96. Factors Affecting Oxygenation
    • #1 Physiological / Respiratory
    • -Decreased oxygen carrying capacity
    • -Decreased inspired oxygen concentration
    • -Hypovolemia-decreased circulating volume of oxygenated blood
    • -Increased Metabolic Rate (Increased BMR)
  97. Lifestyle Risk Factors
    • -Nutrition
    • -Exercise
    • -Smoking Cessation
    • -Stress reduction
    • -Substance Abuse
  98. Oxygen Therapy
    Administration of oxygen at levels higher than normally found in the atmosphere...to clients who are in need

    Room air=21% O2
  99. Oxygen Delivery Systems:
    • Two major types:
    • -High flow
    • -Low flow
    • Type used depends on:
    • -Concentration required vs. concentration delivered by system
    • -Need for accuracy & control of delivery
    • -Importance of humidity
    • -Client comfort & mobility, expense to client
  100. What is the difference between high and low flow oxygen?
    • High Flow:
    • -For critically ill clients, when it's important to know the precise concentration of oxygen delivered
    • -Endotracheal tube- Intubation, mechanical ventilation
    • Low Flow:
    • -Not enough oxygen provided to meet the total needs of the client:
    • -Part of the oxygen is provided by client breathing in room air
    • -Total oxygen concentration delivered depends on respiratory rate and tidal volume
    • -Nasal Canula
  101. Low Flow Oxygen Delivery Systems
    -Nasal Canula (plastic tube with prongs)- can set at up to 6L/min, providing 24-44% FiO2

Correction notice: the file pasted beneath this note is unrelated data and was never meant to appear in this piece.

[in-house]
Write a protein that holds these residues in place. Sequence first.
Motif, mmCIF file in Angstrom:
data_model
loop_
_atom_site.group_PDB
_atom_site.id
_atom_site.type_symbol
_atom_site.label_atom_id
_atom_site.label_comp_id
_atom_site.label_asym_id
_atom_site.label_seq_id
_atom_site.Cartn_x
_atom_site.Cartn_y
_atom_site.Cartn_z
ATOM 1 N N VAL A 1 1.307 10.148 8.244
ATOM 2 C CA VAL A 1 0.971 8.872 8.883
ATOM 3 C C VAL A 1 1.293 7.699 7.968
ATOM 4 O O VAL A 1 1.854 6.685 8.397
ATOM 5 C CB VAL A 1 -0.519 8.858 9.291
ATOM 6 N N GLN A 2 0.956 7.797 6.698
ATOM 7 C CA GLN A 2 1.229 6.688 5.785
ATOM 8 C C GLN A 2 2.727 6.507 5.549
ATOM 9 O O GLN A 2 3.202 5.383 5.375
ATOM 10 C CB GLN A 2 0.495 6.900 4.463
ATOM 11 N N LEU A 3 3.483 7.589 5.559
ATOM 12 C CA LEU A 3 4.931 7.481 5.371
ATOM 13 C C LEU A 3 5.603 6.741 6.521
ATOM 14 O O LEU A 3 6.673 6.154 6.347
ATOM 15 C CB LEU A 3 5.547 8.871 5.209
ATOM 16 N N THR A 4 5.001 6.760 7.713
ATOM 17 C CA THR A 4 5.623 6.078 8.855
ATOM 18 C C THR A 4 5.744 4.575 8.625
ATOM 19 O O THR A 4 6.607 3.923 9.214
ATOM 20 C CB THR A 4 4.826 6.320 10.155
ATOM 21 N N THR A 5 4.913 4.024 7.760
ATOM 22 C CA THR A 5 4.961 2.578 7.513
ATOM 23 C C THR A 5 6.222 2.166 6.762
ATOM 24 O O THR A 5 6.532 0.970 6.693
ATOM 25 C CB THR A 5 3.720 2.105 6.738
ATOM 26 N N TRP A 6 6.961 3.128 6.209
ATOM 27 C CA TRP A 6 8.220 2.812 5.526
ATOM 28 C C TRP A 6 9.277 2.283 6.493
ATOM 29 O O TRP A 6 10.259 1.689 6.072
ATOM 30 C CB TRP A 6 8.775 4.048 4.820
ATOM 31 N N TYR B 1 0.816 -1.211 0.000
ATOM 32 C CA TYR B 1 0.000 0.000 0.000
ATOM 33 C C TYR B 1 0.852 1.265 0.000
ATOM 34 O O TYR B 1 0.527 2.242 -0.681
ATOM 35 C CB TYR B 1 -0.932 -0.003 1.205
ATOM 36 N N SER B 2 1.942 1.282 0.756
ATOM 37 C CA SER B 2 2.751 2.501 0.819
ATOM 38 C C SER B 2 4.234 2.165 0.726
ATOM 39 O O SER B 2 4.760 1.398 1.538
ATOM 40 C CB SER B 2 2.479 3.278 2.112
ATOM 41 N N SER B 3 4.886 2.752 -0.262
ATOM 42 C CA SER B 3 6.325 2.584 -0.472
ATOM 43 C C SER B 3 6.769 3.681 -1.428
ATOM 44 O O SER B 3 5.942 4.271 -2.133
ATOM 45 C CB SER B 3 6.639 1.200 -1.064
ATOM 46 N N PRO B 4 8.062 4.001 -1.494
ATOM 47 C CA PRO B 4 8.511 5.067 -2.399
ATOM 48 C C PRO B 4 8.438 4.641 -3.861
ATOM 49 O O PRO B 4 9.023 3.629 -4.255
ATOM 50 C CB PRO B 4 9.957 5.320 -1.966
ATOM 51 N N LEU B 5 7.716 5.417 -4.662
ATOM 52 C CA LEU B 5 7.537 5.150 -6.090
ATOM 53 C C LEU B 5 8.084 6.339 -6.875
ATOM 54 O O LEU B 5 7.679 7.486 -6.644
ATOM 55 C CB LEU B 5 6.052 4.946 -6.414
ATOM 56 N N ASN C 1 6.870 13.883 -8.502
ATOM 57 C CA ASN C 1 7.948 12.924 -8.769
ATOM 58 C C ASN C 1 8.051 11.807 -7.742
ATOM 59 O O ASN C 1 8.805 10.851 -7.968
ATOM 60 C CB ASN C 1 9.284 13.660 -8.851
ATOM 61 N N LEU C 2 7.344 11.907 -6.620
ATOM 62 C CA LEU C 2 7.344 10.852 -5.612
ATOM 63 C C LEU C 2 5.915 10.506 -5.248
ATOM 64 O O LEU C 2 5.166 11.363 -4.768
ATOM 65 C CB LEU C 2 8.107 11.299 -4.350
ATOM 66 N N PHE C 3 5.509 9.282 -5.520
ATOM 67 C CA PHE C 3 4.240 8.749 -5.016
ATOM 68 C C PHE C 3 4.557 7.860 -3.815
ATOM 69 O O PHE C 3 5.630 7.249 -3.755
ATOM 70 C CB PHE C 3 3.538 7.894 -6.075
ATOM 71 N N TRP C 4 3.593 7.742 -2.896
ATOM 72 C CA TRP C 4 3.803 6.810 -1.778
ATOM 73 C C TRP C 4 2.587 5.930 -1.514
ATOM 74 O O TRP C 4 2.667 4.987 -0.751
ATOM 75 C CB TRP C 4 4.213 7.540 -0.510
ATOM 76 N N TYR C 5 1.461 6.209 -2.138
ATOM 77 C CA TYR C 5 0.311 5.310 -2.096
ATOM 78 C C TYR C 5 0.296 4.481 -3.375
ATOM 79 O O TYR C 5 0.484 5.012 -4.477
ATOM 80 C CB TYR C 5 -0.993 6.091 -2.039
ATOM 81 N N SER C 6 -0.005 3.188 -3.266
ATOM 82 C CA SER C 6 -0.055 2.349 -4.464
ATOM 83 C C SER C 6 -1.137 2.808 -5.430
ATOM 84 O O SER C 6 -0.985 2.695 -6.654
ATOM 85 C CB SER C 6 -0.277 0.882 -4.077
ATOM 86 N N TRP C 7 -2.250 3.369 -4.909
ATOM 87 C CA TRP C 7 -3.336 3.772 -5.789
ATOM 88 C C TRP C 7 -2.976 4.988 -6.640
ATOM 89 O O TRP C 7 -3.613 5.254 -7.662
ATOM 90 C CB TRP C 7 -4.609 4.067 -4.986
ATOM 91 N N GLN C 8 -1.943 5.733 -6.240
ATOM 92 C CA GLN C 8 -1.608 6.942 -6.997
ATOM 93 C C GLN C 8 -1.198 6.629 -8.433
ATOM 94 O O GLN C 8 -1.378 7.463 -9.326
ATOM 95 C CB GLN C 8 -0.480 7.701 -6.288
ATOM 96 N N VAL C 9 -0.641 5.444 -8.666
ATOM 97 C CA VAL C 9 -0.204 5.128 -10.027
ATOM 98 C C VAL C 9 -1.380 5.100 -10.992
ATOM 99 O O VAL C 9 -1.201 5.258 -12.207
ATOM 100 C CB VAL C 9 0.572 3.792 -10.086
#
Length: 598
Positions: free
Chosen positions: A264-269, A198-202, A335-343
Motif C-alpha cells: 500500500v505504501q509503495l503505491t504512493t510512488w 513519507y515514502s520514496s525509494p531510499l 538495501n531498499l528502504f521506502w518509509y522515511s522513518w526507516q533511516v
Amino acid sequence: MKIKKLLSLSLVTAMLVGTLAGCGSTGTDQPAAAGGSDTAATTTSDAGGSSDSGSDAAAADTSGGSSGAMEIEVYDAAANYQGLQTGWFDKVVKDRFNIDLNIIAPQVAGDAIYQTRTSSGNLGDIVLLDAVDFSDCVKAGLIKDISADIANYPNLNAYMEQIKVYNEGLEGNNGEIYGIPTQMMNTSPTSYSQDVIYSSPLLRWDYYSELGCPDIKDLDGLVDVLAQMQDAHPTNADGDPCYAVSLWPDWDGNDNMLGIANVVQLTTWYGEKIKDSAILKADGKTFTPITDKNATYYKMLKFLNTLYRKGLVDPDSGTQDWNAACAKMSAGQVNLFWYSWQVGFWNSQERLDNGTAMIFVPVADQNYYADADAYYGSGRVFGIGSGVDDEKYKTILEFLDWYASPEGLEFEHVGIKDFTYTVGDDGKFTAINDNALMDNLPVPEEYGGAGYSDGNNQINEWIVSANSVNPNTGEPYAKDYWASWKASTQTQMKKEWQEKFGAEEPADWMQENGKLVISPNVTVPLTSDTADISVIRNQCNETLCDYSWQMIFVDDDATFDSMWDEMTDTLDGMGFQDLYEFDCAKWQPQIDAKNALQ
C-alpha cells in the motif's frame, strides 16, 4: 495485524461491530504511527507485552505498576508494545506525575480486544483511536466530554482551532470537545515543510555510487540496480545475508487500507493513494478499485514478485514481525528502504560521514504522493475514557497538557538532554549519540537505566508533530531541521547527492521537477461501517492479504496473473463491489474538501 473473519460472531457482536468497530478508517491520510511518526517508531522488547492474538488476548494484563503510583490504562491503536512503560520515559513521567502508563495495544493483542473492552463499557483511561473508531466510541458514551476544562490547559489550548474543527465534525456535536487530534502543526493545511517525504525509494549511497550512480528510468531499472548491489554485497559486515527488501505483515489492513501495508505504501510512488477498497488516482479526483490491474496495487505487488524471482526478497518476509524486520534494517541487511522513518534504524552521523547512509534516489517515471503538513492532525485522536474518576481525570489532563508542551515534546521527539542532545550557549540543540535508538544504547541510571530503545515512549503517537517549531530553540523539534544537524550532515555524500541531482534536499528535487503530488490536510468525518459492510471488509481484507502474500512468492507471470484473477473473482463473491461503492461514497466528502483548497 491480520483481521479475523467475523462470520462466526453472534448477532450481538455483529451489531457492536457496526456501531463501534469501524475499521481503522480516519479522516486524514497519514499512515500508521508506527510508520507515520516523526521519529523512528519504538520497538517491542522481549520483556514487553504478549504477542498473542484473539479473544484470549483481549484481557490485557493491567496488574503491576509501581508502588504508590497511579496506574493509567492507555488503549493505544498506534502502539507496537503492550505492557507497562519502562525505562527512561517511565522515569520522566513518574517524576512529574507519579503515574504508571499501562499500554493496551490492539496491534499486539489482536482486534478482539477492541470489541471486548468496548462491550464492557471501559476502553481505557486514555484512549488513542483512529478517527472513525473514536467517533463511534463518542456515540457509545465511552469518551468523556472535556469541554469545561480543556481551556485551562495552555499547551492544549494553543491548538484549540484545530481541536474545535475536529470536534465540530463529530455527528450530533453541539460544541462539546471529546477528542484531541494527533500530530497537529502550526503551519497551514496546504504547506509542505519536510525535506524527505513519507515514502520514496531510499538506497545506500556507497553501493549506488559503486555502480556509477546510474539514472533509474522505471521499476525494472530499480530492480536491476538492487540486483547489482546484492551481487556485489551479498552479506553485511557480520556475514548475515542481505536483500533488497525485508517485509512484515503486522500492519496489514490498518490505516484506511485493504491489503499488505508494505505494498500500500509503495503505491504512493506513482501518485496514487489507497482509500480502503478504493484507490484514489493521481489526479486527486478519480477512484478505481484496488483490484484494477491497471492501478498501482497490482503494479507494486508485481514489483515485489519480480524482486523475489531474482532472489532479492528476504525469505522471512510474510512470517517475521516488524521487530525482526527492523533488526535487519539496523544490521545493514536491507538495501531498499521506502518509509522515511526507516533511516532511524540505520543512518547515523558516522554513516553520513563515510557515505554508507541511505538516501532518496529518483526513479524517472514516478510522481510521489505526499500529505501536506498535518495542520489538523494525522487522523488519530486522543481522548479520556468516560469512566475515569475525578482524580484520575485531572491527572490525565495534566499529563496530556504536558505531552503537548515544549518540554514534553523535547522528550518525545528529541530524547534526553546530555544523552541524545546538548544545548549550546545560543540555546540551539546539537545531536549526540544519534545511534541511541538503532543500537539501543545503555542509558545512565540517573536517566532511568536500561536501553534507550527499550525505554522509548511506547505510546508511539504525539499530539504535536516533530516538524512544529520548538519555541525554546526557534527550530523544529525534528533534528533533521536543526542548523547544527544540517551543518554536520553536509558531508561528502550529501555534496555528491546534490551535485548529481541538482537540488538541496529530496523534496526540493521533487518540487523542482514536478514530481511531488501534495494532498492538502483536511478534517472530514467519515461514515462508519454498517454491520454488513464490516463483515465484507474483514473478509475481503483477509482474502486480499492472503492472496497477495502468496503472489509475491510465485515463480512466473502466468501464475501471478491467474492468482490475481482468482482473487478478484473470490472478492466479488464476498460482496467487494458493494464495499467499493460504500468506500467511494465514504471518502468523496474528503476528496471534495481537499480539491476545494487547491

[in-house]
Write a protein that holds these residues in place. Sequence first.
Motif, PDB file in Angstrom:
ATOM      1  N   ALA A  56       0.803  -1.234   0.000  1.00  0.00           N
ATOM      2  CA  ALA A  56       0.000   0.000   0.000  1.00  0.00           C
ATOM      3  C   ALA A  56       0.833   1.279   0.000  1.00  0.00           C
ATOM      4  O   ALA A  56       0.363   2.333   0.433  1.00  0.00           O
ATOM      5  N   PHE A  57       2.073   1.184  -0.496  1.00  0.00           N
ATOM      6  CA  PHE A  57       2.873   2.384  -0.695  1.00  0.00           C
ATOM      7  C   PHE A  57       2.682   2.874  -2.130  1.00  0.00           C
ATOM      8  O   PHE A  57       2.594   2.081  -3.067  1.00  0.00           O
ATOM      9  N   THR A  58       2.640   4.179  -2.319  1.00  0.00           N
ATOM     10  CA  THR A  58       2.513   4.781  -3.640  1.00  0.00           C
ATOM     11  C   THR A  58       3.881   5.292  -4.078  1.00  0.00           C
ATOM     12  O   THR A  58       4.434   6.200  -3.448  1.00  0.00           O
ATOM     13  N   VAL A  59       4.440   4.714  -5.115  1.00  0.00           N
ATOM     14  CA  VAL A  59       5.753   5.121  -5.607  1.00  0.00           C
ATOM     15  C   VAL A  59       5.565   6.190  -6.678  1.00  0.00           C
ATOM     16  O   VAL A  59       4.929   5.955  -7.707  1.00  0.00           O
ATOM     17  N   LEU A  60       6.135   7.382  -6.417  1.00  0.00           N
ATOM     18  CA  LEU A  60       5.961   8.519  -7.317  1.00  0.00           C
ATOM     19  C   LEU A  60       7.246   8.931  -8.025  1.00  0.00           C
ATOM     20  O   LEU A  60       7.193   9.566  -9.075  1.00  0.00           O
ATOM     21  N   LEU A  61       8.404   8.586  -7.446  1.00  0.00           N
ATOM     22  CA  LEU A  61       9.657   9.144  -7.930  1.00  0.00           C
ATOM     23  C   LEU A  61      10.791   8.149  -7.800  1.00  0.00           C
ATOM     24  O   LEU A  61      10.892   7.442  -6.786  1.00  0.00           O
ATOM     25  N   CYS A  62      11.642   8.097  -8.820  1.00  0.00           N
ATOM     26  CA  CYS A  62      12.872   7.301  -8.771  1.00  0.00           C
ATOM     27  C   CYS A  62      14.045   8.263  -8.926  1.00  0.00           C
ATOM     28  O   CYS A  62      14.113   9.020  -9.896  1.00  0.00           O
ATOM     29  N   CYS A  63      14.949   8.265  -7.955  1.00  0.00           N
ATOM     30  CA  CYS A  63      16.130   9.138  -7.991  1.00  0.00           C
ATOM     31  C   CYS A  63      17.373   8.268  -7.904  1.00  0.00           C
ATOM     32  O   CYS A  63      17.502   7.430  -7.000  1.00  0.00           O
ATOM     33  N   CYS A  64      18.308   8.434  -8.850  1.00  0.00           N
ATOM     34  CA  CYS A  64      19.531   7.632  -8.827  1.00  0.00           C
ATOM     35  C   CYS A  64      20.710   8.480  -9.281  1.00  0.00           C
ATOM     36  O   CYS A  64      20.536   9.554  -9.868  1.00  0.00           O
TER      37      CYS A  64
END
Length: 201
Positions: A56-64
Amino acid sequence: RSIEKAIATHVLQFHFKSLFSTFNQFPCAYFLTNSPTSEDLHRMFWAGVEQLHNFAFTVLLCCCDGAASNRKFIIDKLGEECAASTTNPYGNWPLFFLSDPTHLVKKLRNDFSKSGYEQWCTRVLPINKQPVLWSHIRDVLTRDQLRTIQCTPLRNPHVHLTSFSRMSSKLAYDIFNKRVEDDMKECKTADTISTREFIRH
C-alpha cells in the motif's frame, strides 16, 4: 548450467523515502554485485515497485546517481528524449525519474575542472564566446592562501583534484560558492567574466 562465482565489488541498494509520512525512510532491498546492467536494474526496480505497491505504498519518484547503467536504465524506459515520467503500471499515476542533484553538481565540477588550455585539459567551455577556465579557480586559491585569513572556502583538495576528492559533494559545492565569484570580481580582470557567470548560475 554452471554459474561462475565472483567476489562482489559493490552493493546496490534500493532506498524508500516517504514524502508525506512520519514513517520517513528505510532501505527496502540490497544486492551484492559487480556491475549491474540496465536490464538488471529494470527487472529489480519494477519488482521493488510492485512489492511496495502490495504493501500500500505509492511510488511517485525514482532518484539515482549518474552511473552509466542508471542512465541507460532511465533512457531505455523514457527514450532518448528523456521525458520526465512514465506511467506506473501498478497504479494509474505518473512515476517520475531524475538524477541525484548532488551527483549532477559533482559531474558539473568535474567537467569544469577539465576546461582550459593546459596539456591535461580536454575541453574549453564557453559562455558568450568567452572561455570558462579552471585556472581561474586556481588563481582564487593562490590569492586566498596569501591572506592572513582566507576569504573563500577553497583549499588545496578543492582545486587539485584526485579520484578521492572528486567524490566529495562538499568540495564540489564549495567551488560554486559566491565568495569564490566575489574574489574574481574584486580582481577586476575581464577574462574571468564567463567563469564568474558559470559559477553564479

-Simple Face Mask (covers nose and mouth)- for short term therapy at 30-60% FiO2 (<5L/min)
  102. High Flow Oxygen Delivery Systems
    -Non-rebreather Mask (covers nose & mouth)- 80-90% FiO2 with flow rate set at 10L/min

    -Venturi Mask- most precise concentration of oxygen. Can draw in 100% oxygen but delivers a controlled 21% to the patient

  103. Goals of Oxygen Therapy
    -Least amount of oxygen

    -No harmful side effects

    -To prevent and relieve hypoxia

    Oxygen can improve the level of 02 in arterial blood, but is cannot cure or stop the disease process

    Oxygen is a medicine
  104. How do we care for a client on O2 therapy?
    • -Check MD order
    • -Humidification if giving 2L/per minute or more
    • -Assess skin for irritation, pad pressurer areas, clean and dry
    • -Mouth care Q8 hrs, water soluble jelly
    • -Rinse nasal cannula or mask with warm H2O Q4-8 hrs & prn
    • -Use safety signs to educate (O2 Flammable)
    • -Assess & document client's response
  105. How is oxygen supplied to the patient in their hospital room?
    • -At bedside in Oxygen tank
    • -Permanent piped-in system in wall
    • -Regulators control flow
    • -Several different regulator types.
  106. Hypoxia S/Sx:
    • Early s/sx:
    • -Restlessness -Tachycardia -Tachypnea & dyspnea -Increased agitation -Diaphoresis
    • -Nasal Flaring -Altered LOC -Headache -Use of accessory muscles

    • Late s/sx:
    • -Increased restlessness -Confustion & stupor -Somnolence -Decreased respirations